The actual wrestling of Rumble Roses XX remains a relative bright spot, although, like the last game, the simplicity of it eventually makes winning a total breeze. XX uses what is, in essence, a dumbed-down version of the Yuke's SmackDown! engine. As such, there is some strategy to the fights. Reversals are separated out between grapples and strikes, and it's up to you to predict what your opponent is going to hit you with to successfully pull off a reversal. Submissions are separated out by body regions, including head, body, legs, and arms. The more damage you do to one area, the more likely you are to make the opponent tap out. The whole humiliation factor is still present here as well. You'll build an opponent's humiliation meter until it's full by performing certain moves, at which time you can do a humiliation move, which is a more elaborate and slightly silly finishing maneuver.
So while there's a decent amount of variety to the action, it all becomes fairly routine and predictable after a couple of hours. Opponent behaviors aren't hard to predict after a few matches, and once you've figured that stuff out, you can win any match that comes your way without much hassle. Online play does remedy this slightly, since fighting against other people is always less predictable than fighting artificially intelligent characters. But the online play itself is neither deep nor especially compelling. You can just hop on, find opponents, and fight. There is a ranking system, and the online matches we played were exceptionally smooth and lag-free. But unless the online competition proves to be heavy and fierce, there isn't an awful lot there to keep you coming back.
Of course, this wouldn't be a Rumble Roses game if XX didn't find a way to make you at least a little bit uncomfortable with its ridiculous method of hypersexualizing the girls of the game, and nowhere is this more apparent than in the edit modes. Similar to DOA Xtreme Beach Volleyball for the Xbox, you can buy unlockable costumes and play dress-up in this mode with the various wrestling babes, including schoolgirl uniforms, barely there swimsuits, and the like. But it doesn't end there. Rumble Roses XX goes the extra mile and lets you adjust muscle tones and body shape too, including the character's breast size. Adding to the creepy factor is the photo shoot mode, where you can take one character (or a pair), and dress her up, and then instruct her to pose in specific ways while you adjust camera angles and take snapshots. You can then trade those snapshots with people online. While adolescent boys are undoubtedly going to have a field day with this, there's not really enough variety to the outfits or poses to capture anyone's imagination for too long.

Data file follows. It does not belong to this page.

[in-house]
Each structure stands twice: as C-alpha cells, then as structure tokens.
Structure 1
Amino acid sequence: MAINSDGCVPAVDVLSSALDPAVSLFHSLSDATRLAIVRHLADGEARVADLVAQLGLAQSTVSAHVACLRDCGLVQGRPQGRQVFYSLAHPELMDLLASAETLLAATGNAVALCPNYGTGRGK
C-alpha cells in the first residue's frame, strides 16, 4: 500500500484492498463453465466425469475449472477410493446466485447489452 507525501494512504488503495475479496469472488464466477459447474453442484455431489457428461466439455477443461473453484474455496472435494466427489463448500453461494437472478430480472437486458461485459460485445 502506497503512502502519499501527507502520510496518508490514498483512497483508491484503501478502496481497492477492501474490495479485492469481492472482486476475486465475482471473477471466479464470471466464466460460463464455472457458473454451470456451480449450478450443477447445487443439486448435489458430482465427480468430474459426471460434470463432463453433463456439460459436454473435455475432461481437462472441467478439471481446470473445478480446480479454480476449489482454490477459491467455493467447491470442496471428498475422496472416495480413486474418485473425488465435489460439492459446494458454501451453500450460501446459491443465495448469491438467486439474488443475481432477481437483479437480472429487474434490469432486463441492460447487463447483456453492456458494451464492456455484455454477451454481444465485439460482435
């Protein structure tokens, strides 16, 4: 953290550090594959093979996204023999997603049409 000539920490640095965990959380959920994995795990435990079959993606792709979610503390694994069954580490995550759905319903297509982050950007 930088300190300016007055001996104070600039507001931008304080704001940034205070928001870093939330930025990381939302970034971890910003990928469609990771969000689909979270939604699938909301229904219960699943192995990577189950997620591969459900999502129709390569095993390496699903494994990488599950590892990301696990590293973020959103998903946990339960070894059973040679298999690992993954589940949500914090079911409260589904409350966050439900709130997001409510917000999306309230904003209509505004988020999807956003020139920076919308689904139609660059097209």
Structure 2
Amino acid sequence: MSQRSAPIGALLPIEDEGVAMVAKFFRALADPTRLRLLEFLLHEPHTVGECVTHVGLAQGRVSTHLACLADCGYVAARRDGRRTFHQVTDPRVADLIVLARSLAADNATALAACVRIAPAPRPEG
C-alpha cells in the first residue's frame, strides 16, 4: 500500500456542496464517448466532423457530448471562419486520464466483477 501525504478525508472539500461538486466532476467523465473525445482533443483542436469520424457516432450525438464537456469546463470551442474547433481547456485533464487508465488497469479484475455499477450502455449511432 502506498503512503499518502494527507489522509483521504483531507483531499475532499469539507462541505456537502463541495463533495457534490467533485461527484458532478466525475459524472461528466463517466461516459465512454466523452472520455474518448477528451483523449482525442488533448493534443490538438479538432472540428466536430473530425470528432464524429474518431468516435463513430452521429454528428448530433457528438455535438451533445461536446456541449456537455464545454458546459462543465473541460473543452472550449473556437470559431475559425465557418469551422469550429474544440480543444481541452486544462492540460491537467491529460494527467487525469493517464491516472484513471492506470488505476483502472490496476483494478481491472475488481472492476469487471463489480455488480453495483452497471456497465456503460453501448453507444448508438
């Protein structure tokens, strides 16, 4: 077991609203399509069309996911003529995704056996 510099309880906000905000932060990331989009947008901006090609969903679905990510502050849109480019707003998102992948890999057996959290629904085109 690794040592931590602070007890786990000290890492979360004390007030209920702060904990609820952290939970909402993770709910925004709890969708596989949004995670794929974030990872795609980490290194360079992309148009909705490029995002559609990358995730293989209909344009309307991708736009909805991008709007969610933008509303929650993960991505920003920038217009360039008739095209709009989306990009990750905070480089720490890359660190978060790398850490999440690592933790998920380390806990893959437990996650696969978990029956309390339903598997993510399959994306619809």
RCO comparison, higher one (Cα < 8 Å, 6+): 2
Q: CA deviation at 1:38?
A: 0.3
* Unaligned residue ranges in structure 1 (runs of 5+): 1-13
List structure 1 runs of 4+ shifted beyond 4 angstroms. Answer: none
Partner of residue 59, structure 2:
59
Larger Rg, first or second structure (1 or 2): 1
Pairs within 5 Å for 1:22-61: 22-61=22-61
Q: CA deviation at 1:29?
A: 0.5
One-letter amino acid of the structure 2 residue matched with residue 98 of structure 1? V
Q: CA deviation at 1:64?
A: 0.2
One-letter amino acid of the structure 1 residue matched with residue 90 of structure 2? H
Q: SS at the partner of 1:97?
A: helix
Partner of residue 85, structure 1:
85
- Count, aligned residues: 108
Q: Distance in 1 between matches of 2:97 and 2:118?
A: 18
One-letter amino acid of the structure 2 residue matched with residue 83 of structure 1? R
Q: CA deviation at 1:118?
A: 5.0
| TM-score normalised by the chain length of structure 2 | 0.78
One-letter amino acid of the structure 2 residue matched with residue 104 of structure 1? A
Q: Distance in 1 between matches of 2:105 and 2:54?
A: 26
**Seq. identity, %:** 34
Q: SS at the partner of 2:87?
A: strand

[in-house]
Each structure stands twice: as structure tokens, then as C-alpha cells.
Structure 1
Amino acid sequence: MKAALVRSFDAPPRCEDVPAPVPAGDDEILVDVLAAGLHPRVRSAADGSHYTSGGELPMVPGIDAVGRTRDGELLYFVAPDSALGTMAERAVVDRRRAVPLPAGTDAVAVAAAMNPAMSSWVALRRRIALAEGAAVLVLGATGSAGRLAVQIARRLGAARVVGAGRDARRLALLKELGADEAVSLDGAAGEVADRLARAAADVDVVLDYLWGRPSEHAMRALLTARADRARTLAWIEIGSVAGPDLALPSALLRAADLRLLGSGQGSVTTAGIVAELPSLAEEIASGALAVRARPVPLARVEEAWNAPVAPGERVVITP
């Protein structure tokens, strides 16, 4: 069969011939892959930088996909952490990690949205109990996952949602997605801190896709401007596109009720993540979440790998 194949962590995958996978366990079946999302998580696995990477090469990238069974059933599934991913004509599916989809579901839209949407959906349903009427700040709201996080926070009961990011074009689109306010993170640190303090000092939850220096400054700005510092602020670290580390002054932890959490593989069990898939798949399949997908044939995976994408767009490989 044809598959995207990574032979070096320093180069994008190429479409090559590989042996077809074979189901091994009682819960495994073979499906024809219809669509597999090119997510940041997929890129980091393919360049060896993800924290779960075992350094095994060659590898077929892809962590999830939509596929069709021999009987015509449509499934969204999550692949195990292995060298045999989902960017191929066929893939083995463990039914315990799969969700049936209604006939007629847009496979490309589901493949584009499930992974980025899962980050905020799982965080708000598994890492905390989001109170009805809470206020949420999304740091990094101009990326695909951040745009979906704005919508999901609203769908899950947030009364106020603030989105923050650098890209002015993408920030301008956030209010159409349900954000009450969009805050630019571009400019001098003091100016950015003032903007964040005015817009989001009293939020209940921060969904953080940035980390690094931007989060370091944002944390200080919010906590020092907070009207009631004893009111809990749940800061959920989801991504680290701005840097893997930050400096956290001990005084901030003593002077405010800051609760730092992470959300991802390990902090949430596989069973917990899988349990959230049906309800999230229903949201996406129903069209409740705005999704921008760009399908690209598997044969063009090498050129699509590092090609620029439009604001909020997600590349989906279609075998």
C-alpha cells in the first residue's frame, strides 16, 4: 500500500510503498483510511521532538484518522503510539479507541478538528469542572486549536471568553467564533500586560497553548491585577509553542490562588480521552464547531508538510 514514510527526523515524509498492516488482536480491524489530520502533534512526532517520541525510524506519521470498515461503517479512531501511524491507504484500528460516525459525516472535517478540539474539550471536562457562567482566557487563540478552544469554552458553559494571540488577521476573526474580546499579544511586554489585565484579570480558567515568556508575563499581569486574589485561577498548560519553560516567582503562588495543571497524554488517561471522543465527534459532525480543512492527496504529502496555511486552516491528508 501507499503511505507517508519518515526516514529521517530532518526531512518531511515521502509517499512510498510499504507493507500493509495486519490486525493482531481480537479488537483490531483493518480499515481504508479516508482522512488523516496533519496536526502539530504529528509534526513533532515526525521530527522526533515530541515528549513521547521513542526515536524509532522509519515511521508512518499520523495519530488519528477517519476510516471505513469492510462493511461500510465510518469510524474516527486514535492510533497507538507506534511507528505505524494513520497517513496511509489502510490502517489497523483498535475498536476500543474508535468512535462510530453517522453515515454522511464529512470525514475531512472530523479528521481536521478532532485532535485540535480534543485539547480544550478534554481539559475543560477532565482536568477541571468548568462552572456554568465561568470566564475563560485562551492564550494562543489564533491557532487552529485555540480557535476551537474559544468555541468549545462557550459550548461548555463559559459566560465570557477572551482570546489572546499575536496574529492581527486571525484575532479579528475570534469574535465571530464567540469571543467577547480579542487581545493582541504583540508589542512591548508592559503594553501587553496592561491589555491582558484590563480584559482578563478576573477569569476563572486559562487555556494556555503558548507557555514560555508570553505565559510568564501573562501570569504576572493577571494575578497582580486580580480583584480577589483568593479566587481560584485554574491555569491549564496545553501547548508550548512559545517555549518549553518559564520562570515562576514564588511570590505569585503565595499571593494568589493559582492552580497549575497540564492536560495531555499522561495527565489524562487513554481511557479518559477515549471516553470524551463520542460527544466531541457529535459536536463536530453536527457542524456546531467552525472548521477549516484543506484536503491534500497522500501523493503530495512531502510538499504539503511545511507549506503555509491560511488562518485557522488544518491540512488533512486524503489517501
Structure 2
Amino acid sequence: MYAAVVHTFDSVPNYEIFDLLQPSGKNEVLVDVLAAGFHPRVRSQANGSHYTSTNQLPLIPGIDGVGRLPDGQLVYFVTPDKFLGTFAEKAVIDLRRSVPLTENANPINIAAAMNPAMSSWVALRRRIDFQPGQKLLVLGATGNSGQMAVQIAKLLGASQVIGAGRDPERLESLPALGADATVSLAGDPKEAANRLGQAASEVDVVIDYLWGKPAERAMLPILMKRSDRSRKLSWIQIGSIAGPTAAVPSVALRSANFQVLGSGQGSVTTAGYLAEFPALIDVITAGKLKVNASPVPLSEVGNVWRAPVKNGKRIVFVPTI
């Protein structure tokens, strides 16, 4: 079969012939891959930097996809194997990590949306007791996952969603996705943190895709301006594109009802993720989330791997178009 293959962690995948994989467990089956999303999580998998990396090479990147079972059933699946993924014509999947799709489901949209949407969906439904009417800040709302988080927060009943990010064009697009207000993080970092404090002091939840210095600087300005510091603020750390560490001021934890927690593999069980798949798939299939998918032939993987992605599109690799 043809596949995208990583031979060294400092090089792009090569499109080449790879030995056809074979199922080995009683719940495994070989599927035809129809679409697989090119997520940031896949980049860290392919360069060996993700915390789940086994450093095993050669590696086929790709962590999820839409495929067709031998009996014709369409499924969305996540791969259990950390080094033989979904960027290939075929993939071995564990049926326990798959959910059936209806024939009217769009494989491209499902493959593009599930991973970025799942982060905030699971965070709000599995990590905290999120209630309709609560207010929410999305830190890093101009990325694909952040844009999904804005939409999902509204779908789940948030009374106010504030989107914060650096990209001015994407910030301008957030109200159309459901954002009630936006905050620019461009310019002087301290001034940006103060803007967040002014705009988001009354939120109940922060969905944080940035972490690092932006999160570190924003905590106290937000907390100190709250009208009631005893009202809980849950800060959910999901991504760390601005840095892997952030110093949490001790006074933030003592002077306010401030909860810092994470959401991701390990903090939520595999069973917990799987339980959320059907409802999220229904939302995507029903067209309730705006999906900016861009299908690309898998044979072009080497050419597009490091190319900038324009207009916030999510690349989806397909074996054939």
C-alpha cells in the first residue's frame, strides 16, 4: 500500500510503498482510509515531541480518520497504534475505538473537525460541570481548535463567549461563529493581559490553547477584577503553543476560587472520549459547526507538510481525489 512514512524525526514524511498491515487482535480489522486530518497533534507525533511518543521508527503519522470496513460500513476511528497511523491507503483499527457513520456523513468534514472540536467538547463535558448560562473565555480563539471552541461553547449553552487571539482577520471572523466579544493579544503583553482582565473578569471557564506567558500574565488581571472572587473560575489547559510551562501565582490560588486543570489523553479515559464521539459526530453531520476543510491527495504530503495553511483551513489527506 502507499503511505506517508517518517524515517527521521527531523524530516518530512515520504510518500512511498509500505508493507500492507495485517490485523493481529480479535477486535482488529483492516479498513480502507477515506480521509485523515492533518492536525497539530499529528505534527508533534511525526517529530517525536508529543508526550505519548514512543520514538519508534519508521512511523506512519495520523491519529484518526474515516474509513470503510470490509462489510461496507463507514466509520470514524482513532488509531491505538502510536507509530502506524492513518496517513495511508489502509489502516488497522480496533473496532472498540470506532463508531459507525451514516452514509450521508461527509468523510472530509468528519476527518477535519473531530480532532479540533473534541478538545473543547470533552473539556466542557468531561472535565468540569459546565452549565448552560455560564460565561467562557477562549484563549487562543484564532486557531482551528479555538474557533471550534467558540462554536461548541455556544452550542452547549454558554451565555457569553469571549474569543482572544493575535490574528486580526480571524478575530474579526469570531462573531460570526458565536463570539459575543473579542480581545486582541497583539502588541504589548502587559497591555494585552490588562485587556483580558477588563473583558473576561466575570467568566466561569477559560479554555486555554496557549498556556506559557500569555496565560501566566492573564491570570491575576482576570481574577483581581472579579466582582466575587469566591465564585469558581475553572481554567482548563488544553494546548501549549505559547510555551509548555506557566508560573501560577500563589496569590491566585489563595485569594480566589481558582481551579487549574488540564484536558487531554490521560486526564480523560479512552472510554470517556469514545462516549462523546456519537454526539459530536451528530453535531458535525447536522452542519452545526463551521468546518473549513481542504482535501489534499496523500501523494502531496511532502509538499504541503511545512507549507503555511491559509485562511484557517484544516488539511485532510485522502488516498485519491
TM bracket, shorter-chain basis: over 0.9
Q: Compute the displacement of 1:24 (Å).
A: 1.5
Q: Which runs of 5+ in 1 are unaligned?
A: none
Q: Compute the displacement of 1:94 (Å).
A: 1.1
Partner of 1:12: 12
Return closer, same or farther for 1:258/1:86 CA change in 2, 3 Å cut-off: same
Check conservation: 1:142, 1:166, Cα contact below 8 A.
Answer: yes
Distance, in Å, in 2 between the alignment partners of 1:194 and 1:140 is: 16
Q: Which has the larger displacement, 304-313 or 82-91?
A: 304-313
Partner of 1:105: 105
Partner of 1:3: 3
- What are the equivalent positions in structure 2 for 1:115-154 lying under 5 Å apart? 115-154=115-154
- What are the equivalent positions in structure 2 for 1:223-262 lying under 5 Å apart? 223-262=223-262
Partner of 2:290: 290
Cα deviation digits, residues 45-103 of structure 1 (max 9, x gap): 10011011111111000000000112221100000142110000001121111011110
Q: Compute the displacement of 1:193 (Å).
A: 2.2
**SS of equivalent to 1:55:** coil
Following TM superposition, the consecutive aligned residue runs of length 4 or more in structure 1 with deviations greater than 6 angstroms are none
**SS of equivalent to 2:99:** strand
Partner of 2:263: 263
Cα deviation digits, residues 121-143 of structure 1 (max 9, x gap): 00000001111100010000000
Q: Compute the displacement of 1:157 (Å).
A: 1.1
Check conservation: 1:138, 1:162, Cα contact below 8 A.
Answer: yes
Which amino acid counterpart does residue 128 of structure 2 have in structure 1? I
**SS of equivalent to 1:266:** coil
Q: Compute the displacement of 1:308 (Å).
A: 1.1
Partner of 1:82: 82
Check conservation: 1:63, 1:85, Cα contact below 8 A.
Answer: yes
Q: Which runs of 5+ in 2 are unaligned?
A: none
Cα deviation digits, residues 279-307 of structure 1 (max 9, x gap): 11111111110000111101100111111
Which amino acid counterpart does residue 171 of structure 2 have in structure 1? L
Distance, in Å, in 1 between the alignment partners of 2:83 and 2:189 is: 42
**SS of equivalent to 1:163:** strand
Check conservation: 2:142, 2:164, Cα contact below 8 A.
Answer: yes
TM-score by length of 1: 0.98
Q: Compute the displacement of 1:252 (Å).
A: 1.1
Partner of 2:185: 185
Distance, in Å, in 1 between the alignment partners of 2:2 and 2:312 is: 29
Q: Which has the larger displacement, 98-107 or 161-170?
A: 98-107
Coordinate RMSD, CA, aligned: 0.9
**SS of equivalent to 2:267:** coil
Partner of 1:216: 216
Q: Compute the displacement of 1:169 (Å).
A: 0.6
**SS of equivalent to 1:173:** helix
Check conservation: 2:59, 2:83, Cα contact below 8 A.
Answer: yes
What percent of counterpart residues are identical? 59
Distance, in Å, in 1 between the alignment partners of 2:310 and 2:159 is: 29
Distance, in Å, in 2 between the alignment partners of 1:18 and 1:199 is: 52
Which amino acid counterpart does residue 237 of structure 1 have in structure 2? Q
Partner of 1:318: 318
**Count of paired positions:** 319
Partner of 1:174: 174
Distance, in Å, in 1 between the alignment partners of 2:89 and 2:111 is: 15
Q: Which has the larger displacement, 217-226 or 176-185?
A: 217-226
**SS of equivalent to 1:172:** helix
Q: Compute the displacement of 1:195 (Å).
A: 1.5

That vibe permeates the actual wrestling, too. Like the PS2 game, Rumble Roses XX's various moves and animations go as far out of their way as possible to give you all the chances to observe bouncing breasts and exposures of undergarments you could possibly need. Obviously, Rumble Roses XX doesn't take itself very seriously, so all of it is done with a measure of cheekiness (no pun intended), but believe it or not, even silly levels of perversity can't carry a game by themselves, and very few, if any, of the game's other elements are strong enough on their own to keep you engaged once you've had your fill of panty shots.
On the PS2, Rumble Roses had very impressive graphics, and on the Xbox 360, the same holds true. In standard definition, the game looks like a significantly cleaner version of the same graphics and art found in the last game, with improved ancillary visuals, like the arenas, crowds, and lighting. In HD, the character model details become much more tangible. Costumes all show off a level of sheen not found in regular definition, skin textures look much more realistic, and some of the, shall we say, "moving" parts of the various ladies just look...well, better. Many of the animation-clipping problems found on the PS2 are gone as well, though not all of them. You'll still see costume pieces, and sometimes entire body parts, clip through one another in spots, but it's not nearly as bad as what you would find in the last game.
Rumble Roses XX is a better game than its PS2 predecessor, but there are still too many annoying things about it to make it a success. Again, there isn't a single thing wrong with wanting to put attractive, well-built women in a wrestling game, but Rumble Roses XX insists on taking it to such levels of objectification that it just becomes hard to put up with after awhile. Not to mention that very little else of what the game offers, both from gameplay and feature standpoints, is strong enough to carry the load apart from the whole titillation aspect. In the end, Rumble Roses XX is another merely decent wrestling game that could have been a lot better had the focus been on the gameplay, and not on its more sordid elements.